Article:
On the main stage, London girl Mae Muller is out in a two piece outfit that looks like it’s made from a towel (but she looks great in it, how dare she) and she’s shouting out a fan in the front row who she chats to on Instagram. It’s the teen’s Birthday and it’s an adorable interaction that kid is going to remember forever, even if Mae quips that she’s been told she isn’t allowed to swear in the Birthday song she’s about to sing titled ‘HFBD’ – iykyk. It’s her lyrics from another song that really get me though “…you don’t need a girlfriend, you need a therapist” – I am absolutely all about this being the narrative our female youth are getting instead of the crap we were fed as kids. Big up Mae Muller, it’s going on my playlist.
In the Big Top, Gok Wan’s DJ set is going off to a pretty decent sized crowd, before our (extremely late billing – why so late CB?) headliner: Becky Hill. Under a swirling LED backdrop and amid clouds of smoke, a spraypainted old style phone box stands in the centre of the Park Stage – lit with the name ‘Becky Hill’ where ‘telephone’ should be. If she turns out to be the next Doctor Who, I may actually watch it.
There’s a fairly long winded little conversation act in the phone box, in which we can hear her saying something like “…yeah I’m about to headline a festival can I call you later” which I suppose could be considered a subtle Dom Joly tribute (who incidentally is also performing here this weekend). Anyway, despite the fact that it’s a little stilted, when she pops out of the phone-box aided by her dancers, she is clearly here to party and definitely looks the part – in the most eye poppingly bright neon green and pink jacket, skirt, corset top, and monster stacked platform rainbow boots. Two female acts to close the first night at CB, and a female DJ on the decks – those boots were made for stomping, the patriarchy.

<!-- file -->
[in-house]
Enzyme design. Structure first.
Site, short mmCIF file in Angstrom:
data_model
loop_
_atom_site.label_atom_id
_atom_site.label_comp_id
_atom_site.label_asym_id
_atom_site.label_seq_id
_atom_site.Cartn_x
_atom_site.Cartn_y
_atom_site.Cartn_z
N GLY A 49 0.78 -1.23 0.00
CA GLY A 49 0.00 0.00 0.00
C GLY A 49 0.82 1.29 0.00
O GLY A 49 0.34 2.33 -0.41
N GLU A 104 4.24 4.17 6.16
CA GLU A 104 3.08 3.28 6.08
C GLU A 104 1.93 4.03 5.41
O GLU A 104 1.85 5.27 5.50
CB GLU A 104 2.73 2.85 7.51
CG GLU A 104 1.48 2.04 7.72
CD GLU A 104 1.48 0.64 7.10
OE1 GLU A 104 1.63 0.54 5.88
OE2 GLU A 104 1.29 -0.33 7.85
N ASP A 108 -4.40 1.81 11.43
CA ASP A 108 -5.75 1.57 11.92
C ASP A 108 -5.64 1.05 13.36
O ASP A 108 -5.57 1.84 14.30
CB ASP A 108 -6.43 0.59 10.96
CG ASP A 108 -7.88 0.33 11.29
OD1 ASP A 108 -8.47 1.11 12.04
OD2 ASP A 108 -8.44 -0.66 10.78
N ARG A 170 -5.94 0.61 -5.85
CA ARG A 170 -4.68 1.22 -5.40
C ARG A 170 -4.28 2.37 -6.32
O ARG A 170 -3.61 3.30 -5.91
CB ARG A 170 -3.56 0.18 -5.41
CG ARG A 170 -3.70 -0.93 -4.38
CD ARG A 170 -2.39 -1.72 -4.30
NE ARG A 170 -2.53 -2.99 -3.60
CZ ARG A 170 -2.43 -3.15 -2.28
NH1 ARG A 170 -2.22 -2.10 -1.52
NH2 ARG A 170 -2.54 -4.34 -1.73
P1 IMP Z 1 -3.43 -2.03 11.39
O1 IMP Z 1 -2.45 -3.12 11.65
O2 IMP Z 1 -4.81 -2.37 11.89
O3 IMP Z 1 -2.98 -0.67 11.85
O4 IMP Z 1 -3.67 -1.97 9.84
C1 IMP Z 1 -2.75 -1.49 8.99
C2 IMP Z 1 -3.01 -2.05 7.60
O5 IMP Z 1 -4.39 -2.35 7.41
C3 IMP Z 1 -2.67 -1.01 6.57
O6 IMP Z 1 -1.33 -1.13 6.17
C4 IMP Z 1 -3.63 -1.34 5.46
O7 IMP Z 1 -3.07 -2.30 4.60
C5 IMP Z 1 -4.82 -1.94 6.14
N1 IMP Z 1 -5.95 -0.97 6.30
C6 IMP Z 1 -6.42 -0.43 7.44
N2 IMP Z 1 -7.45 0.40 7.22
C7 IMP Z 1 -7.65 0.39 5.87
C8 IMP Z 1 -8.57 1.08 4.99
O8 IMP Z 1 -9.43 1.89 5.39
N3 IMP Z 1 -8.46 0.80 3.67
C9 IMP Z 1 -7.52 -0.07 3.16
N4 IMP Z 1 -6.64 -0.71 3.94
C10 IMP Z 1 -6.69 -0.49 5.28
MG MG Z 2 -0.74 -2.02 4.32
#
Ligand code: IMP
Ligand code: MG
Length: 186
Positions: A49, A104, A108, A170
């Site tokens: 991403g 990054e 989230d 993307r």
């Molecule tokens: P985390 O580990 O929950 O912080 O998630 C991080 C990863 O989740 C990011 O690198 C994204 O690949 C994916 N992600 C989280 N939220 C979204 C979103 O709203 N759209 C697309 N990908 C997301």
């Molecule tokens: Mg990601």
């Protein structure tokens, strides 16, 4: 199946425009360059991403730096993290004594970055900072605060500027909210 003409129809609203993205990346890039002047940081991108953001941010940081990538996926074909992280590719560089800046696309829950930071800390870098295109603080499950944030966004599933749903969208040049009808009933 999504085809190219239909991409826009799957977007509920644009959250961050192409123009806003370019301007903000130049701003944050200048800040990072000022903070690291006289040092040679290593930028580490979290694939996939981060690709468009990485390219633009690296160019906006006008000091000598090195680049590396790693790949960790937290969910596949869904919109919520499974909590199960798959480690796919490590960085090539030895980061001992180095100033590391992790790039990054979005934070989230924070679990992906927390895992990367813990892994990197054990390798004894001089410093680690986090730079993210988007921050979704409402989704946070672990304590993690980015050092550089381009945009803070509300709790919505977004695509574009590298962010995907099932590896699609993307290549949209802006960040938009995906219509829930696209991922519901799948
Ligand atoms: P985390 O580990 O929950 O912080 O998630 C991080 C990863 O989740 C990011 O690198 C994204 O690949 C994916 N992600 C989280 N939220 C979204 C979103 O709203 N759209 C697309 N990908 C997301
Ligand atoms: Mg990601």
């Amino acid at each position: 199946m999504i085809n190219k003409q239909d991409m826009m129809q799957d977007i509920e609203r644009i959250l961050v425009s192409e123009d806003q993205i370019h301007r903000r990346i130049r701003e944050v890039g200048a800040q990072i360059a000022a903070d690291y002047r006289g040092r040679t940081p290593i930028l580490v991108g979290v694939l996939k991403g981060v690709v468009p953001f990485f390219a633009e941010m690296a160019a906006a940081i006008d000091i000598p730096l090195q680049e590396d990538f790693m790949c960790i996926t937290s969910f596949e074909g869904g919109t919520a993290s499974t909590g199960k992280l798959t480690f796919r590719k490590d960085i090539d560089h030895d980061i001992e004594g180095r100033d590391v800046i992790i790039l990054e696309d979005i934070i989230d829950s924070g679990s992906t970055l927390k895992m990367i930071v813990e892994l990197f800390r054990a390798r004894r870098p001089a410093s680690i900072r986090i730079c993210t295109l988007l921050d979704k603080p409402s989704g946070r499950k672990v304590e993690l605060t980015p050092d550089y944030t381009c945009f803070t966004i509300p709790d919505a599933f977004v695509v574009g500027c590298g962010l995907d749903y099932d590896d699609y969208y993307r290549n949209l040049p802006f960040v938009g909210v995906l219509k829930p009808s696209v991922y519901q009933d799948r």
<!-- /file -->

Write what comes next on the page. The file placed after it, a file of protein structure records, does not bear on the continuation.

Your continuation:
Becky shouts out to Shropshire and the Midlands in general, saying this is the closest she’ll ever get to playing a home crowd, as she’s from Worcestershire – before the stage is lit up with sparklers and fire cannons as she dances around on her enormous death shoes. The crowd is about 80% teenage girls at the moment, who are screaming their heads off, and Becky’s deep melodic voice is absolutely incredible. She calls out “Who here likes drum and bass? I like drum and bass, it’s my favourite genre of music. We’re going to take the tempo up to 174 finally” for ‘Here For You’ but the standouts for me were the big beats Gecko ‘Overdrive’ and ‘Afterglow’. There’s nothing like a night full of lasers and dancing with wild abandon though, is there. I personally think Becky Hill absolutely smashed that performance, and by the sheer amount of people who were out jumping in that crowd, I’d say she did her home region proud.